Torah Thoughts on Parshas Ki Sisa by Rabbi Allon Bruckenstein
"וַיַעֲבֹר ה' עַל פָּנָיו וַיִקְרָא ה' ה' קֵל רַחוּם וְחַנוּן אֶרֶךְ אַפַּיִם וְרַב חֶסֶד וֶאֱמֶת נֹצֵר חֶסֶד לָאֲלָפִים נֹשֵׂא עָוֹן וָפֶשַׁע וְחַטָאָה וְנַקֵה לֹא יְנַקֶה פֹּקֵד עֲוֹן אָבוֹת עַל בָּנִים וְעַל בְּנֵי בָנִים עַל שִׁלֵשִׁים וְעַל רִבֵּעִים" שְׁמוֹת ל''ד:ו'-ז'
“And God passed before him and proclaimed: ‘God, God; God merciful and gracious, slow to anger and abundant in kindness and truth; preserver of kindness for two thousand [generations], forgiver of iniquity and willful sin, and error, and Who absolves – but does not absolve completely. He remembers the iniquity of the fathers upon the children and upon the granchildren, upon the third and upon the fourth [generations].” Shemos 34:6-7
The Gemara in Rosh HaShanah (17b) says that HaKadosh Baruch Hu, as it were, wrapped Himself in a talis and taught Moshe Rabbeinu the 13 attributes of mercy, guaranteeing him that "if B'nei Yisrael sins and they follow this order… I will forgive them." The Gemara concludes that there is a pact made with the 13 middos that they will never go unanswered. The sefer Reishis Chochma presents a difficulty with this Gemara, because we see many times that we prayed in this manner and we were apparently not answered. Rather, he explains the Gemara to mean that if we act in this manner, emulating Hashem's ways, we will be answered. Just as He is merciful so should we be merciful etc…
This concept of emulating Hashem's ways is the subject of the classic work by Rabbi Moshe Cordovaro (Ramak), Tomer Devorah. In this mussar sefer, the Ramak shows us how we can emulate Hashem's ways in our day-to-day interactions with our fellow men. It occurred to me that not only is this sefer beneficial in our character development but it can actually serve as a guide for parents as well. In fact, Hashem is our Father. Wouldn't it make sense to see how He interacts with His children, and follow His lead? Upon further contemplation, I thought that perhaps Hashem gives us children specifically in order to provide us with constant opportunities to emulate Him.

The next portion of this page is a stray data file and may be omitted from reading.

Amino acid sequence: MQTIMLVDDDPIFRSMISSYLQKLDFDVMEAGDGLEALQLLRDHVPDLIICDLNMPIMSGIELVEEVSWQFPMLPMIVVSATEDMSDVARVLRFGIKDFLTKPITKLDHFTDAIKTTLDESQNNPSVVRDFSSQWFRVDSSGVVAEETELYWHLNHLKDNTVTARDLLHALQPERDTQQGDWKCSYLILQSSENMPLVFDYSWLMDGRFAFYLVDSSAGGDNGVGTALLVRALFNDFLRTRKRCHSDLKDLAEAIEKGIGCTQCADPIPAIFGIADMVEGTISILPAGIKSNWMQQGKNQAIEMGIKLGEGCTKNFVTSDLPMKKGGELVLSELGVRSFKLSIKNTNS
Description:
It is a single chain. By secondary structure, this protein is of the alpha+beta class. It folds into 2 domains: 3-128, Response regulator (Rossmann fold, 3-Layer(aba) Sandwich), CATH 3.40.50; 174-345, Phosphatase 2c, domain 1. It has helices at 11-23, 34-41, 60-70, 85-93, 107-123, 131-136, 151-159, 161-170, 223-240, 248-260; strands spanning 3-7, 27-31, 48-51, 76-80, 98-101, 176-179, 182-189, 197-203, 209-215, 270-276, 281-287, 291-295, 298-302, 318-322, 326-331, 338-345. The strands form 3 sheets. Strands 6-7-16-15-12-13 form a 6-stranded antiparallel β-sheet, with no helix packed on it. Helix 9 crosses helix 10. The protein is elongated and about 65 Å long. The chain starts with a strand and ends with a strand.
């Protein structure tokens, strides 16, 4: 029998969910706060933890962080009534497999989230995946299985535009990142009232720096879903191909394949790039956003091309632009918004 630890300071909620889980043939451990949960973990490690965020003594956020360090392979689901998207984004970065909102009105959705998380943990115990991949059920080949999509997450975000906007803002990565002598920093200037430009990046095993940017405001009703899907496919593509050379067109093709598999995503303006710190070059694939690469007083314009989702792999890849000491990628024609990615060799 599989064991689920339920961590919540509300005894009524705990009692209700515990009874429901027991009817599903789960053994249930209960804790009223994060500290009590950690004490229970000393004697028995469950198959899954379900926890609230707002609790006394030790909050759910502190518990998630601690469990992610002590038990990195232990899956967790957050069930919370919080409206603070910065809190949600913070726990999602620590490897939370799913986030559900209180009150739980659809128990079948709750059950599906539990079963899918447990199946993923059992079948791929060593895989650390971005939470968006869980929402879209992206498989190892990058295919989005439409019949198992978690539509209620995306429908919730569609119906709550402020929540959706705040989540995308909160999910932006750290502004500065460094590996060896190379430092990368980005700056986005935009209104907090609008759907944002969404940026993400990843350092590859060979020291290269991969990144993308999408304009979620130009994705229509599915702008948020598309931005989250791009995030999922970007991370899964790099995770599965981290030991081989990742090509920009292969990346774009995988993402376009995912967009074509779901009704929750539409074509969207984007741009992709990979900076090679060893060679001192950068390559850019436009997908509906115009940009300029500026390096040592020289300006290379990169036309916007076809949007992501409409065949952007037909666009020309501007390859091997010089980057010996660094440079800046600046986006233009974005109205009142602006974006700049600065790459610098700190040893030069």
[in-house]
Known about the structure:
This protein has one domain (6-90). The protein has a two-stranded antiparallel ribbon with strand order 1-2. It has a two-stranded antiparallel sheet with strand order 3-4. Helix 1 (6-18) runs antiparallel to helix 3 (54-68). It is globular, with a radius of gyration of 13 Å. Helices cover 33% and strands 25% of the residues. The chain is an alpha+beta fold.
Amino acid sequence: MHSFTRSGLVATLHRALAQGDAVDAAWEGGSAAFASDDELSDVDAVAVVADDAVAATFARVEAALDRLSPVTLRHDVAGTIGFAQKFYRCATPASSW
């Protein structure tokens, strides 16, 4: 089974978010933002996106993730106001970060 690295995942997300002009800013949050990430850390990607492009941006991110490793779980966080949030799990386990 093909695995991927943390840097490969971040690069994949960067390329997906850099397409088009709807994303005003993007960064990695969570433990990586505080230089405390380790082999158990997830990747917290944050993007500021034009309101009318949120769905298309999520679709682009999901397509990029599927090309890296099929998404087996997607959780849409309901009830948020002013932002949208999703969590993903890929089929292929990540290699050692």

A story is told of a father who was patiently taking care of his children while hosting his uncle, who came from abroad. The uncle was amazed at his nephew's patience and asked him what will be his reward for his dedication. The nephew suggested that perhaps his reward is having children who will carry on his name. A few days later, he presented his idea to the Brisker Rav. The Rav's response was that his suggestion borders on heresy. He said that parents are not to look for reward for their devotion to their children. Rather, they are to emulate HaKadosh Baruch Hu, Who gives to us, His children, without expecting anything in return.
It is our responsibility to apply the lessons found in the Tomer Devorah, as well as any lesson relating to interpersonal interactions, to our children as well. We try to be careful about controlling our anger, having patience, and greeting others with a smile when dealing with our friends or neighbors. Shouldn't we apply those same lessons when interacting with those who need it the most, our children?
Rabbi Allon Bruckenstein (FYHS 1985) went to Kerem B'Yavne for 2 years. He returned to HTC’s Beis Midrash, received Semichah (1992), and earned a bachelors & masters in Educational Psychology at Loyola. He married in 1990 & joined HTC's Bellows Kollel. He then joined the Milwaukee Kollel for 2 years and taught in the Yeshiva Elementary School. In 1999 he moved to Israel & served as an educational advisor, teacher, & remedial instructor. For 10 years he's been an Educational Psychologist for the Regional Council of Mateh Binyamin, & volunteers for Ichud Hatzala's Psychotrauma Unit.